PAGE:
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How to ensure security and privacy in mobile device management policy

In this Ask the Expert, attorney Jeffrey Ritter discusses why clear data privacy and security rules are essential to mobile device management policy.

Personal mobile devices have become an essential work-related tool for many employees, and companies are benefitting from the improved productivity stemming from the mobile revolution. When incorporating mobile device management policy, however, companies must be careful to balance employee data privacy with mobile information security precautions.

In this Ask the Expert, Jeffrey Ritter, Esq., founder of the Ritter Academy, explains how access stipulations in mobile device management policy influence data privacy and ensure security, and the role employees play in mobile information protection.

What are some of the stipulations that must be included in a mobile device management policy to ensure both data privacy and adequate organizational data protection? What role do employees play in their own personal data privacy protection when using consumer devices in the corporate setting?

When we talk about mobile device management policy, understand that essentially we are putting in place terms and conditions -- rules -- that are between the company and the user/operator of those mobile devices.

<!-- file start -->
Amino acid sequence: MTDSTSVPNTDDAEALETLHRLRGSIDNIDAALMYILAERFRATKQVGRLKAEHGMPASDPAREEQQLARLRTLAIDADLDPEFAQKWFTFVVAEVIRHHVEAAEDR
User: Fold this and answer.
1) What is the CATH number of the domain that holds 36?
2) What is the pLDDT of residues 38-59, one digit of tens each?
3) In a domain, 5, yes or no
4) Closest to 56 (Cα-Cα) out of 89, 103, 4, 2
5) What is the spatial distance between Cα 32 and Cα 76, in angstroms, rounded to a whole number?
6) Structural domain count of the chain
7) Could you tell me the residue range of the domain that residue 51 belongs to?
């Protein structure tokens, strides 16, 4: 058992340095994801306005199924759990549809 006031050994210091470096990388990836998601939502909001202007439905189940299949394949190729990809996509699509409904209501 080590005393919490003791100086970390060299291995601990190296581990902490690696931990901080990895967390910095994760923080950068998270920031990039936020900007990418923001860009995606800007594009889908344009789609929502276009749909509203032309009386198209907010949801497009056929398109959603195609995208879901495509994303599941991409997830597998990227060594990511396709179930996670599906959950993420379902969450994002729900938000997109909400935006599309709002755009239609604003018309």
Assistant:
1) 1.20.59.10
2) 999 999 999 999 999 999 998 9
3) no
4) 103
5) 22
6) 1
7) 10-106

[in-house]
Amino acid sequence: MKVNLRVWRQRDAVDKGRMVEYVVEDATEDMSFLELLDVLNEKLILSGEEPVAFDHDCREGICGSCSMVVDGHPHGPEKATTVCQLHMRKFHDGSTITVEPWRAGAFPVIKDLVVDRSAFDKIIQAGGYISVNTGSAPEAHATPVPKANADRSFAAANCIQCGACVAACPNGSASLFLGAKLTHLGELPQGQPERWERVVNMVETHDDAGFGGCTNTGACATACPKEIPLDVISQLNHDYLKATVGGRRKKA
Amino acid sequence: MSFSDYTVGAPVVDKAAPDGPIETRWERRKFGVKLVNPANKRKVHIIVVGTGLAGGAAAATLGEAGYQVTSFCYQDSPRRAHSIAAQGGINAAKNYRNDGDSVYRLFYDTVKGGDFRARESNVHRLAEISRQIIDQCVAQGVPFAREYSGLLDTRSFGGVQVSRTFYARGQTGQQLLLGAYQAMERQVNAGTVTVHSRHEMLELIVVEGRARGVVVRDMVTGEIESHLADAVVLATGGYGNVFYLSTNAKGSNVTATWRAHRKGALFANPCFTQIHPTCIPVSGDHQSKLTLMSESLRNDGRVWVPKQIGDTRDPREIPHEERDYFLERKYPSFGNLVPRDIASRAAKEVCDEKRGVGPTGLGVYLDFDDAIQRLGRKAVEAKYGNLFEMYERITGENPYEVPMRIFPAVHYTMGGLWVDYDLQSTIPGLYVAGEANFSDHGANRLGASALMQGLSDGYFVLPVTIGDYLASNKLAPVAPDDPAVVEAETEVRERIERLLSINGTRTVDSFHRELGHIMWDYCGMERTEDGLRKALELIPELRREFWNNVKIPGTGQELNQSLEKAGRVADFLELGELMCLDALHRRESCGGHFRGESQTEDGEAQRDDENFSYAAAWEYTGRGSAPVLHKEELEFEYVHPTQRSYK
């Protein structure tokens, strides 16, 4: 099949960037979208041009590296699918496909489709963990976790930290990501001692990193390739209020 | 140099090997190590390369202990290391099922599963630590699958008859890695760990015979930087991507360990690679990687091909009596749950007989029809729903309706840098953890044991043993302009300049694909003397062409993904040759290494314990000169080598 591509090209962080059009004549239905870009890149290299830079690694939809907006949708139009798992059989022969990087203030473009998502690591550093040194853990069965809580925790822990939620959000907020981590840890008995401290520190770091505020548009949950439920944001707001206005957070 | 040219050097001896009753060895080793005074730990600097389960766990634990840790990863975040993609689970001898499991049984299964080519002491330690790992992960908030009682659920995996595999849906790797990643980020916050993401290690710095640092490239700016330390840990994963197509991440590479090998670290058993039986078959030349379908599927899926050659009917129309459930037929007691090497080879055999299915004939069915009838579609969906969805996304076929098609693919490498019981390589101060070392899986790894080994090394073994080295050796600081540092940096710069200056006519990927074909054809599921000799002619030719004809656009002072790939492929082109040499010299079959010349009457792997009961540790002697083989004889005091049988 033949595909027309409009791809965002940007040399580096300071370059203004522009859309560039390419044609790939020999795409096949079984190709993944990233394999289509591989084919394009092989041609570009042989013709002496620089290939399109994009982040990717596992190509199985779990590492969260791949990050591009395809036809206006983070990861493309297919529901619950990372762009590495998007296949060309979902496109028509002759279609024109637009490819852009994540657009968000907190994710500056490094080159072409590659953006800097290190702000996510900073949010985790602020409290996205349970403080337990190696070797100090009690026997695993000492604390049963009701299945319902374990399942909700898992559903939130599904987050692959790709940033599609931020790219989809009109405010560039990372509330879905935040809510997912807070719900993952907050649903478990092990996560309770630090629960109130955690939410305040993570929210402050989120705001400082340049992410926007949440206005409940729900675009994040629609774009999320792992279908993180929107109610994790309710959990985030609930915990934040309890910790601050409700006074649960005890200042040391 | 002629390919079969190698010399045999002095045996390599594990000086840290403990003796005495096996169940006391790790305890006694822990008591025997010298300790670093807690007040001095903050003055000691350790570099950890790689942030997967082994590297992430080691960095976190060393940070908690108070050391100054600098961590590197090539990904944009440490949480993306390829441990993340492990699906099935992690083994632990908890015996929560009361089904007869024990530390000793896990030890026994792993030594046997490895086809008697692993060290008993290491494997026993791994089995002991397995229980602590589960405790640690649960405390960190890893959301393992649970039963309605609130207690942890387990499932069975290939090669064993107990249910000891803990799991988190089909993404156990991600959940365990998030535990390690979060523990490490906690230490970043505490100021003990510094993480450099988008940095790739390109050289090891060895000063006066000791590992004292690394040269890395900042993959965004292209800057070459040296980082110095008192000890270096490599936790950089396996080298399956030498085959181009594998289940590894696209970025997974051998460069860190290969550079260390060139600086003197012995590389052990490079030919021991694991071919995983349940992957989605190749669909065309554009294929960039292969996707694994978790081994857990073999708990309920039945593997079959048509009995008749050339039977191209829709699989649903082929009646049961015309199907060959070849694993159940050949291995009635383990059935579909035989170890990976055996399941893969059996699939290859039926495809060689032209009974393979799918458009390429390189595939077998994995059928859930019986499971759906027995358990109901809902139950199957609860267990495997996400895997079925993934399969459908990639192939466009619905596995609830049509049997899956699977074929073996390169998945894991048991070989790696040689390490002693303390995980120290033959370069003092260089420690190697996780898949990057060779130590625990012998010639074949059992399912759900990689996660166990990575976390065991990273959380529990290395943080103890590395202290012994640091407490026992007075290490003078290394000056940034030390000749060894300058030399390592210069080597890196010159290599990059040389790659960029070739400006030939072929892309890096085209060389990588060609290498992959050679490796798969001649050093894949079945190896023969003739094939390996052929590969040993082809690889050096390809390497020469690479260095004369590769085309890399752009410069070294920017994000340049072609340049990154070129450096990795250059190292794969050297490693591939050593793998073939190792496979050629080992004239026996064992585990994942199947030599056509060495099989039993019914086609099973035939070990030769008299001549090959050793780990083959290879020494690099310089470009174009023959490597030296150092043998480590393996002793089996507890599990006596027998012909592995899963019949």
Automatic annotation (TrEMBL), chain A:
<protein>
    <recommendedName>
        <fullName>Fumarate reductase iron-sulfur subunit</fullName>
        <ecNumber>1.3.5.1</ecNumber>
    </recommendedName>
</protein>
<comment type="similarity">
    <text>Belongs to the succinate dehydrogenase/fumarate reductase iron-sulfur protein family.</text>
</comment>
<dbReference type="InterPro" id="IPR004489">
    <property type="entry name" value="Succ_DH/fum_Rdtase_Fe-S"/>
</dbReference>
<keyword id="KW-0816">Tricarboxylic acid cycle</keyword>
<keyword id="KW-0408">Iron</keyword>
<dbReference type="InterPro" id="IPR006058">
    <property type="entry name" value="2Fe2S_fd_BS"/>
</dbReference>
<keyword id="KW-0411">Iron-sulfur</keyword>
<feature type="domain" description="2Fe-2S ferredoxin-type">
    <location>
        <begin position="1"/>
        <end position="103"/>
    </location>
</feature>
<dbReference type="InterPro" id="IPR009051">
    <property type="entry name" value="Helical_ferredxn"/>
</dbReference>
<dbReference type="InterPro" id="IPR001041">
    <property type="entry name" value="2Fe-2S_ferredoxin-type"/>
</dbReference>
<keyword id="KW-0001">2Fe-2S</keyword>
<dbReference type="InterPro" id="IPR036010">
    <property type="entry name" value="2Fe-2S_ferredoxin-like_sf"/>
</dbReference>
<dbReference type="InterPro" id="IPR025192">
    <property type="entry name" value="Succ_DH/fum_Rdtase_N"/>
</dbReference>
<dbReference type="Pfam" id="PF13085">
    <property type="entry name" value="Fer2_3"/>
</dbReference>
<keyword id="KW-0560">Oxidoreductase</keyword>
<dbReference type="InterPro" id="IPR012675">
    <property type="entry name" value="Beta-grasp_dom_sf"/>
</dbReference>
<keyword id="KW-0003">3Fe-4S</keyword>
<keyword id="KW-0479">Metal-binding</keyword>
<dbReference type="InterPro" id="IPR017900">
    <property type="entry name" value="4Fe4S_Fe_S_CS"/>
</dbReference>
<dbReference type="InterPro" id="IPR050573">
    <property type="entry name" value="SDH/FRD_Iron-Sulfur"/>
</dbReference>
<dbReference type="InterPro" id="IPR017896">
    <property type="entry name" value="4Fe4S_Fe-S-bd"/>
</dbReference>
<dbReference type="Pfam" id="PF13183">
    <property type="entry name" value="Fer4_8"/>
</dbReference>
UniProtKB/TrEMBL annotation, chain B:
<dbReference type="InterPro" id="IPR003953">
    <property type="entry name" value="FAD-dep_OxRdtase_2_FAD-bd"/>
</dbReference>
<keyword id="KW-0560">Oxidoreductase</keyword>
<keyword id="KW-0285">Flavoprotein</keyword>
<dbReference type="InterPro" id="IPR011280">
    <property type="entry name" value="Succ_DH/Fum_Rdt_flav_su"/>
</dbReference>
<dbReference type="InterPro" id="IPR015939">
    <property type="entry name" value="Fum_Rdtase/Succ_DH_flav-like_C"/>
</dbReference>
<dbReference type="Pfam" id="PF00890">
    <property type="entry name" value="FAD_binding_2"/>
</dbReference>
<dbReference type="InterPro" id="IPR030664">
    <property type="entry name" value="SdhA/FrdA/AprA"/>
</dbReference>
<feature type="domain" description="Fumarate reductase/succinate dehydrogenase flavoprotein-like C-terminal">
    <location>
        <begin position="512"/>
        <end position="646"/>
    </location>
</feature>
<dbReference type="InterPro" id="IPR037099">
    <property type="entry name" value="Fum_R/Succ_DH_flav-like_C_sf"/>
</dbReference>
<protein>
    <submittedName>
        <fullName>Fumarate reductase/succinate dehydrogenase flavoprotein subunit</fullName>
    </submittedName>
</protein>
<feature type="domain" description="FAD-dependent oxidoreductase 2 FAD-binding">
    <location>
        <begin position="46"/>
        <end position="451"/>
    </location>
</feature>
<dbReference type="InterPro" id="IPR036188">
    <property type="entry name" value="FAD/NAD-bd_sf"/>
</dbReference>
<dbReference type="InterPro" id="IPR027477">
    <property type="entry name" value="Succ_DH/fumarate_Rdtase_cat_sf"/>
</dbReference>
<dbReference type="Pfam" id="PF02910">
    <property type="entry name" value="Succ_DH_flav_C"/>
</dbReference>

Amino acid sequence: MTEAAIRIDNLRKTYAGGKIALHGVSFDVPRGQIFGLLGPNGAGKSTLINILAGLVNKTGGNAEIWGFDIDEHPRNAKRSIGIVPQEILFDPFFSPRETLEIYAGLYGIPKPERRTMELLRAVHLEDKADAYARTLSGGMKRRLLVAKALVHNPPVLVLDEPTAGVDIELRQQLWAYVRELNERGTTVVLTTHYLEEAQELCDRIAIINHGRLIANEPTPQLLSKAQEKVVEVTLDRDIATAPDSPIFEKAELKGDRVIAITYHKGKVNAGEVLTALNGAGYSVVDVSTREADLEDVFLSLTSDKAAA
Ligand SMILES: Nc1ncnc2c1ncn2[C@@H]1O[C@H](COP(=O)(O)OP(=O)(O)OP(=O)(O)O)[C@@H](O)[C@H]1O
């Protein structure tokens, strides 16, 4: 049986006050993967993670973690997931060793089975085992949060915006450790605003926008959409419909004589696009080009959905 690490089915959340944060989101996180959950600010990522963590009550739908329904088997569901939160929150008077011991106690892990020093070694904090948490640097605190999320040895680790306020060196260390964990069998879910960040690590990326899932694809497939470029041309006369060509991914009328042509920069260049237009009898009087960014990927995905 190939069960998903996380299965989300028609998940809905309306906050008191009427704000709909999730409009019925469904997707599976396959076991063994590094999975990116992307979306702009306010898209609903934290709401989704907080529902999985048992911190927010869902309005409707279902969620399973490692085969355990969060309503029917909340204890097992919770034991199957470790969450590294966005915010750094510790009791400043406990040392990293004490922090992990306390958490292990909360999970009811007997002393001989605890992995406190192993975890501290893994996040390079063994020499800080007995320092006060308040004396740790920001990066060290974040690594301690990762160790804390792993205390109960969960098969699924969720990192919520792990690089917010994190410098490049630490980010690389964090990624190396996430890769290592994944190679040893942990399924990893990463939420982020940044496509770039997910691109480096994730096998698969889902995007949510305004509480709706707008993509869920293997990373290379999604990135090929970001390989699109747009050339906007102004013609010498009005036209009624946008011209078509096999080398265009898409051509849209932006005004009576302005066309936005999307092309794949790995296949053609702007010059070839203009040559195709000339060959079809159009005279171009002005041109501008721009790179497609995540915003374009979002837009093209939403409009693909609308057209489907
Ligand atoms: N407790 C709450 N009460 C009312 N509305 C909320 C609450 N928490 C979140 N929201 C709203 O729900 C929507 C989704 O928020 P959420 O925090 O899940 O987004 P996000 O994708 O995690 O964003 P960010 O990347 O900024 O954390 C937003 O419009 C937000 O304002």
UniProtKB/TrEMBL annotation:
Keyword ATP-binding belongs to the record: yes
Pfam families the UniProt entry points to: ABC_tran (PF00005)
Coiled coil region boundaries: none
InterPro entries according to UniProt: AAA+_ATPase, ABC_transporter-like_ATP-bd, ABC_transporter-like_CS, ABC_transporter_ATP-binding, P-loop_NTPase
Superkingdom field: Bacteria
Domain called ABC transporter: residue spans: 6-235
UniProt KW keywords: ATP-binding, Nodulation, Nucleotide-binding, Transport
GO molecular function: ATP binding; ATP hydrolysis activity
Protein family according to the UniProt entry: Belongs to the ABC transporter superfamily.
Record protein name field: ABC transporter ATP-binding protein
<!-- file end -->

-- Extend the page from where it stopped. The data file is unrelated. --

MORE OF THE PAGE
These rules become vital to the corporate confidence in the users' use of these mobile devices. First, understand that if employees are using their own device to access corporate records, the corporation has the right to access those devices. This is vital to how corporations protect themselves from the use of personal devices, and it's important from the company's perspective that those devices are accessible.

You can imagine that, from a user perspective, this is very uncomfortable. Corporations traditionally fought very hard against general regulator access to their information systems and information assets, and there are reasons for that. For example, an agency may be conducting investigations about competitive behavior that may violate antitrust laws but, if they have broad access rights, perhaps they will find Foreign Corrupt Practices Act violations. This kind of broad access makes users very uncomfortable, but it's important that users have little expectation of data privacy.